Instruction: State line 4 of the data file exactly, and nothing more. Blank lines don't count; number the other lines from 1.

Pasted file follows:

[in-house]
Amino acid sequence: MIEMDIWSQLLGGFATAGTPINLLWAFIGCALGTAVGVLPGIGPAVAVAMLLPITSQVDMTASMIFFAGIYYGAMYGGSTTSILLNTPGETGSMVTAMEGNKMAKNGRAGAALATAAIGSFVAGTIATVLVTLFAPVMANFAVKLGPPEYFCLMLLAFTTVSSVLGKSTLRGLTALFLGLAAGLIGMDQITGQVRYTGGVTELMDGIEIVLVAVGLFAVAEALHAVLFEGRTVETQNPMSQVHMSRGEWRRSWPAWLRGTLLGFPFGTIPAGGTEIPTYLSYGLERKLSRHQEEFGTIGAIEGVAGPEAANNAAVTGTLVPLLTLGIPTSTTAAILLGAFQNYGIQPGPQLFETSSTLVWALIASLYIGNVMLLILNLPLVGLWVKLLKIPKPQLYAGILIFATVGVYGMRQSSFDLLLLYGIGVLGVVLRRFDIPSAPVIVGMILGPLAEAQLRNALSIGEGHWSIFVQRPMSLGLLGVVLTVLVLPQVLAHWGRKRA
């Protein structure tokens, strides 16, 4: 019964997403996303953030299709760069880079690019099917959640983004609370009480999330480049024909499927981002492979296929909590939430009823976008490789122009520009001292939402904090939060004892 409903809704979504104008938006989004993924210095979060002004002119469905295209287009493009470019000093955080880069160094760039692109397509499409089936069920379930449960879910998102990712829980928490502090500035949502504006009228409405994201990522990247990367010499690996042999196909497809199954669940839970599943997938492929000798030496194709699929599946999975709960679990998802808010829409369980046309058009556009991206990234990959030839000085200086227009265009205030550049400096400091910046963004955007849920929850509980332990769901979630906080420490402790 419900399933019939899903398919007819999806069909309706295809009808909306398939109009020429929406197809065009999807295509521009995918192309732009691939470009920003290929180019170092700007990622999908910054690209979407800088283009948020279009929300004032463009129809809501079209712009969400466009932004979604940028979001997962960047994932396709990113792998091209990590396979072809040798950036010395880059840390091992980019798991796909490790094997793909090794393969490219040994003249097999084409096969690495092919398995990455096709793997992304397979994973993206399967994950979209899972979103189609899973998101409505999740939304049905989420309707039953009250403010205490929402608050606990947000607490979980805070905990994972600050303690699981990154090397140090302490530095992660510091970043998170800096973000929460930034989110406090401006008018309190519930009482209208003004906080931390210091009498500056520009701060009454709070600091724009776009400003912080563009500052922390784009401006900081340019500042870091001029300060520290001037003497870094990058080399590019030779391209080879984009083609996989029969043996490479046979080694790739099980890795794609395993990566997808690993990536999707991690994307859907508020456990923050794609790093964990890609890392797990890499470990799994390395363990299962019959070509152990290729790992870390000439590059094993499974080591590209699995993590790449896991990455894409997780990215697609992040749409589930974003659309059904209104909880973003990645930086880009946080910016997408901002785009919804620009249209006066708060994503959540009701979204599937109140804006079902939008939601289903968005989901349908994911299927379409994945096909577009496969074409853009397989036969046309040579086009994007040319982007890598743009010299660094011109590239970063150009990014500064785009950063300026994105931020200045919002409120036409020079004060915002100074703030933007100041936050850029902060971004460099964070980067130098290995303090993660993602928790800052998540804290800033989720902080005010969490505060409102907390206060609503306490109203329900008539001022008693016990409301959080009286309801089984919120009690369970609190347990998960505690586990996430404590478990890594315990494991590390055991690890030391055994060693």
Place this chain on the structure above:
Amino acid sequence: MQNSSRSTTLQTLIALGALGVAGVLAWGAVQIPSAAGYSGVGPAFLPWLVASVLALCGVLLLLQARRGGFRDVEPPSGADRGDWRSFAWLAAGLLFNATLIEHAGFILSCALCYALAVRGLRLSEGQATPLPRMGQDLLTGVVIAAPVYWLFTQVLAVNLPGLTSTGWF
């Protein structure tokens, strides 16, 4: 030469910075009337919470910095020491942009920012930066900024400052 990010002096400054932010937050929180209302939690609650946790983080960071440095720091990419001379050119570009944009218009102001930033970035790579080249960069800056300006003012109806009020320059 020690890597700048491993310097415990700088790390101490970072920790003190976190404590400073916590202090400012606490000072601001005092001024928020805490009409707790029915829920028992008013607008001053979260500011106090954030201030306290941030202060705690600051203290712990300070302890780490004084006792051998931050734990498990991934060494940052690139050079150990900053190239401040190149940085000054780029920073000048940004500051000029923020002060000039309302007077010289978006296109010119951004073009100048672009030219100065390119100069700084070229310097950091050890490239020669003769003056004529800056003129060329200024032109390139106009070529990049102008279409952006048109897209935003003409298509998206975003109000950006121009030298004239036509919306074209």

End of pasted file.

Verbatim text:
Place this chain on the structure above: